Prunes – crop outlook – South America


Chile is facing a lot more showers than normal during summer. This is caused by the El Nino-effect. So far this is having no effect on the crop development. However during the harvest -starting within 3 weeks from now- and drying season -mid Feb till end March- they need dry weather!prunes
So far the indicated crop volume is a little lighter compared to last season.

Where Chile is having more showers Argentina (Mendoza area) is reporting more thunderstorms with hail. It is too early to report a serious negative effect on the crop however we are not too positive.

date:  Feb 08, 2016 comments:  Comments Off on Prunes – crop outlook – South America
by:  Simon Heather category:  Latest News Read More

Californian Almond Article

They were blamed for planting too many trees, using too much water and worsening the effects of California’s epic drought. The state’s almond farmers responded by expanding their orchards in a bold wager that the sky-high prices the world was paying for almonds justified both the water use and long-term investment.

Now those farmers are dealing with a steep drop in prices – and wondering if the great almond boom that transformed Central Valley agriculture is starting to fizzle.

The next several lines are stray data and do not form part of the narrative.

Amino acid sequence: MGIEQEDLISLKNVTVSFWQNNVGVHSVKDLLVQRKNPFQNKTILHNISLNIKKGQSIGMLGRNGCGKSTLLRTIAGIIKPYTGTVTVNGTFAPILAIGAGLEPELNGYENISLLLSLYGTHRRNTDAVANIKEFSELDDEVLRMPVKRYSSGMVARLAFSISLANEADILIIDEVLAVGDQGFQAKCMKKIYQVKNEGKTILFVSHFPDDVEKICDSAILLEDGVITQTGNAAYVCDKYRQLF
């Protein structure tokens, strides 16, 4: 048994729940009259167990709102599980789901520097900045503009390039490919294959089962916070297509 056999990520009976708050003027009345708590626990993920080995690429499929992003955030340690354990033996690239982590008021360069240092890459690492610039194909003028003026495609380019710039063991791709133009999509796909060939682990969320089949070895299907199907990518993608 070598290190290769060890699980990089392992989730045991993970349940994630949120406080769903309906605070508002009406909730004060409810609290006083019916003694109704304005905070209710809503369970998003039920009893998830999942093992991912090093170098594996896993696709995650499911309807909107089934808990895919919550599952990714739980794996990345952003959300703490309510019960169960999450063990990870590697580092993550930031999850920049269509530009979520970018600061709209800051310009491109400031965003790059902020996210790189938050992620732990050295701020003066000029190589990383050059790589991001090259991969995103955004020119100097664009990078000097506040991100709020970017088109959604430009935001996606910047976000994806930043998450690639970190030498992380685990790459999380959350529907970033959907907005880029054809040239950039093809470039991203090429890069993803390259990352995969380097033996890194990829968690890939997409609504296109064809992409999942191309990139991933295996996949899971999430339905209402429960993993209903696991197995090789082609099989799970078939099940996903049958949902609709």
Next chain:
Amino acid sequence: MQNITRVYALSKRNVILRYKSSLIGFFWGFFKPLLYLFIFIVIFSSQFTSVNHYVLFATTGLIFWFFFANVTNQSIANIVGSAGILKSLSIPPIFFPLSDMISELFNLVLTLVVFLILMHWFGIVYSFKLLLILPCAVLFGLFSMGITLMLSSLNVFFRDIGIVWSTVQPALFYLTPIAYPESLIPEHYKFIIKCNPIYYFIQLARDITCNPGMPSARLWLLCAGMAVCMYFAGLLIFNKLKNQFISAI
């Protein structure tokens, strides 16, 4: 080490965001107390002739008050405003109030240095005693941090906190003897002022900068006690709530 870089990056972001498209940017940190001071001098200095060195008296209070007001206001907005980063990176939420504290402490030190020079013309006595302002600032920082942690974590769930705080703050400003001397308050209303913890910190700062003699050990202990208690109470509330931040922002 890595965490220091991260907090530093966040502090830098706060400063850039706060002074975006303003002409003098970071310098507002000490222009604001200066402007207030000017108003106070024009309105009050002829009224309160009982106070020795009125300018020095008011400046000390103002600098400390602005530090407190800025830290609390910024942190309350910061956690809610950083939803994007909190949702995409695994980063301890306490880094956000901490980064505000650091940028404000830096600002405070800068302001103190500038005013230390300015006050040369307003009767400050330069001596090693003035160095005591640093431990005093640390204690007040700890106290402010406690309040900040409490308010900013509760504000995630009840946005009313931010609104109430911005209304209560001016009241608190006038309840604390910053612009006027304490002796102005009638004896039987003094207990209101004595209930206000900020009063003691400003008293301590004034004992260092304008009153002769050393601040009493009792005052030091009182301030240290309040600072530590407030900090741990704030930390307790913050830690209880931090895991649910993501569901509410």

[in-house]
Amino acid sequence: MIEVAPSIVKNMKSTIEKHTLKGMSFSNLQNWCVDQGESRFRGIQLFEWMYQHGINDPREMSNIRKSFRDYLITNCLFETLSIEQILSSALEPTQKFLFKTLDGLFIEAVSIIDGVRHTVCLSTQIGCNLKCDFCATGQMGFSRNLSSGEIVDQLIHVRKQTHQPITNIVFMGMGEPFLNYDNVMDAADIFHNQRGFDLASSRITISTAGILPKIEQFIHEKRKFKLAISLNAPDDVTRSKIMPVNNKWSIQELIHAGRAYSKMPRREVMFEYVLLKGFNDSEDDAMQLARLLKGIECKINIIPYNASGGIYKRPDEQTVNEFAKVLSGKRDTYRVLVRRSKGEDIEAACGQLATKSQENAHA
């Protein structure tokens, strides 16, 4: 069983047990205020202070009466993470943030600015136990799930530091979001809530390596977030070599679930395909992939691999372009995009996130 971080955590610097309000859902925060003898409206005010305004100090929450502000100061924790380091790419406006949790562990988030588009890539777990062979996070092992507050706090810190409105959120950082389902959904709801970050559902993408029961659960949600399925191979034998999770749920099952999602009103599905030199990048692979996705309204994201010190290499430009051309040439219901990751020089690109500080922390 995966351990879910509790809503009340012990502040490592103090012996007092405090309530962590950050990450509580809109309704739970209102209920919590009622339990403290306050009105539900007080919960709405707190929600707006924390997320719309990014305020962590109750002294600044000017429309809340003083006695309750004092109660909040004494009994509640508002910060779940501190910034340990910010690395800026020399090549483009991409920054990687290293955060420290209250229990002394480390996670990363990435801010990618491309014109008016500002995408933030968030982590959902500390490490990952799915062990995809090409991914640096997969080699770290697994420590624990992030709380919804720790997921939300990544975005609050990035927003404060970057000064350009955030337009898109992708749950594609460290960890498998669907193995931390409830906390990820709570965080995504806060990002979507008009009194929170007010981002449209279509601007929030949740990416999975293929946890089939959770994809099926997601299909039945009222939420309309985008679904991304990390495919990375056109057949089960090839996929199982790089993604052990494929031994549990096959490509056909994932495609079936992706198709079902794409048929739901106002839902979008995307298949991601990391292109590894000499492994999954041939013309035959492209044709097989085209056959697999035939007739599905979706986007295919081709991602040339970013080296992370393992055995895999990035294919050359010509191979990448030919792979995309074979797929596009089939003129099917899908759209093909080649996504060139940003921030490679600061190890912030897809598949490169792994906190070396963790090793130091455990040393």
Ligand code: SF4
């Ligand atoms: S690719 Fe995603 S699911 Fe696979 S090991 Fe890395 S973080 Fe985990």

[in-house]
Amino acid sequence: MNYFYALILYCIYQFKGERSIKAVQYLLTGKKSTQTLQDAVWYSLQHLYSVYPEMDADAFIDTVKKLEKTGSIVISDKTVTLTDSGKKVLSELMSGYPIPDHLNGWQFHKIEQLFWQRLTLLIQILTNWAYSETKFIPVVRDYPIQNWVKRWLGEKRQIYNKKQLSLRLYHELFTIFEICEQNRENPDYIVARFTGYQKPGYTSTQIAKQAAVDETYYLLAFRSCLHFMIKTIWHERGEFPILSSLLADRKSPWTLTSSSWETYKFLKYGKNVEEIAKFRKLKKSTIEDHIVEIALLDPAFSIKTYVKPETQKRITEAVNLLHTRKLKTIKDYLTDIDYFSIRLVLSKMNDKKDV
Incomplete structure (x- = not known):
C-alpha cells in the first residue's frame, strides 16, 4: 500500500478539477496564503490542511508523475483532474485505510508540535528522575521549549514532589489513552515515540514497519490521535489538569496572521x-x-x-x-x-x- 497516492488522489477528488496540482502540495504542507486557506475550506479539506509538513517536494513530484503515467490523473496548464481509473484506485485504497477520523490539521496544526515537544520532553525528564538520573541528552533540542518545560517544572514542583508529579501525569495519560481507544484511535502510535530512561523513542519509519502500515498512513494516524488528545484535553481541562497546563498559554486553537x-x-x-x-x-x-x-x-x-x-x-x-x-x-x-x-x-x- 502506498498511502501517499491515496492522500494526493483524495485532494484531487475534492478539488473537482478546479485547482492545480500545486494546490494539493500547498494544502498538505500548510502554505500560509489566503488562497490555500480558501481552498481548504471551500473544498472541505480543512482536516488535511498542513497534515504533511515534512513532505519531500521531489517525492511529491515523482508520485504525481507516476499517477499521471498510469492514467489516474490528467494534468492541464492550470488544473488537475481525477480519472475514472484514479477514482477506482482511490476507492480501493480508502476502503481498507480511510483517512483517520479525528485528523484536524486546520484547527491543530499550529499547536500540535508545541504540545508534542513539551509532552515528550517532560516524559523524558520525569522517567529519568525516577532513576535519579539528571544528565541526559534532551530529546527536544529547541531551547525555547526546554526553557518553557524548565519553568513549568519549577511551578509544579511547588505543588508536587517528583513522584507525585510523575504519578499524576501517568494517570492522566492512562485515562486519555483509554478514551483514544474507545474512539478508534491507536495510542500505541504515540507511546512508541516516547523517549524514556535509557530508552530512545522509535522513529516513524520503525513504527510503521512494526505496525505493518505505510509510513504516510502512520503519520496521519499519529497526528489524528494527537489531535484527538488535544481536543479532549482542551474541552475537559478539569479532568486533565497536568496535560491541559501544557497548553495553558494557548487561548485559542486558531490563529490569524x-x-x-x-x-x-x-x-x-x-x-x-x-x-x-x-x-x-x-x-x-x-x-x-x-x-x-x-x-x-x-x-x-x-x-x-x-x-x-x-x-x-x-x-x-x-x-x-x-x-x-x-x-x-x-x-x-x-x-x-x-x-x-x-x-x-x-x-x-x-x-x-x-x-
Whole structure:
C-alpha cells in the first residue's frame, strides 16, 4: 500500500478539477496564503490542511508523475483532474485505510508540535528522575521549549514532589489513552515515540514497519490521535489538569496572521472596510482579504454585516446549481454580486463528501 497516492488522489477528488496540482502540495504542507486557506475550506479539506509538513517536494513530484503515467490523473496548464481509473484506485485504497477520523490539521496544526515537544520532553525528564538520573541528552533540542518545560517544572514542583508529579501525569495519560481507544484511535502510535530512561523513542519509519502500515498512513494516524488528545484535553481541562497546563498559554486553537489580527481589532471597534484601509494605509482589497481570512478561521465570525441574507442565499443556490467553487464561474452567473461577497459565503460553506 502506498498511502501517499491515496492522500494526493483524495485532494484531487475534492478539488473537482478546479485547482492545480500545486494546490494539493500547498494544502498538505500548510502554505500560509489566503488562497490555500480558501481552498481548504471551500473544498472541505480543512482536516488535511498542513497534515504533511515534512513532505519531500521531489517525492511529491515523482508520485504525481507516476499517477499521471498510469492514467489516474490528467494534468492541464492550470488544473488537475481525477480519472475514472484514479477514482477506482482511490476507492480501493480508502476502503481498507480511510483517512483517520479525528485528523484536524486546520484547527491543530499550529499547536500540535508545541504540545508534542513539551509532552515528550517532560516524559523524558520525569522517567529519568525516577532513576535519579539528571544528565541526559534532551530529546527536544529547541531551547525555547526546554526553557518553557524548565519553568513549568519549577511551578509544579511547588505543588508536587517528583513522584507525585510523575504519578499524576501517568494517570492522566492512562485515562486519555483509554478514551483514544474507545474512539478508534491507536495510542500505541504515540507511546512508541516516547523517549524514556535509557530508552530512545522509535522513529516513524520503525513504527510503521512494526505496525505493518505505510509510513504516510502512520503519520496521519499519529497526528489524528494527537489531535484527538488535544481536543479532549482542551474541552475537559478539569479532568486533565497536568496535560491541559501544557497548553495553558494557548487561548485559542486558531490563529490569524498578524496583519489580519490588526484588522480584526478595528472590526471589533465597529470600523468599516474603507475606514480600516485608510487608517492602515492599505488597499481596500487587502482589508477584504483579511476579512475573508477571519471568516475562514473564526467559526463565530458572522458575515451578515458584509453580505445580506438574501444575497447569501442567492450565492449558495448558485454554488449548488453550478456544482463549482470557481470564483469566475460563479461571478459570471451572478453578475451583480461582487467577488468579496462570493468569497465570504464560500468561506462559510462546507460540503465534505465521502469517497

Almond prices in California have dropped significantly in the past few months. A farmer who could sell a pound of almonds for nearly $5 last summer is now getting as little as $3.10.

Farmers say a downturn was inevitable after years of rising prices and an explosion in production. Almond prices got so high that some consumers and food manufacturers started turning to other nuts they could use as substitutes. Recent developments in the global economy also have depressed prices, including the weakening of economies in key markets such as China.

“We hit record price levels, and at some point the elastic breaks,” said Mike Mason, chairman of the Almond Board of California and a grower in Kern County, home to one-fifth of the state’s almond crop. “Everybody expected that we would have a price correction.”

The consequences extend beyond the livelihoods of the state’s 6,000 or so almond growers. Much of the Central Valley economy has come to depend on almond farming, as lower-value crops such as cotton and alfalfa have surrendered land to new orchards.

Land devoted to almonds jumped from 590,000 acres in 2005 to an estimated 890,000 acres last year, according to the Almond Board, a grower-supported association. Farmers added 20,000 acres of almond trees last year alone. This happened even as critics questioned the shift of massive acreage to a permanent crop – and a relatively thirsty one – while the state was ordering deep cuts in urban water use and struggling to juggle competing water demands.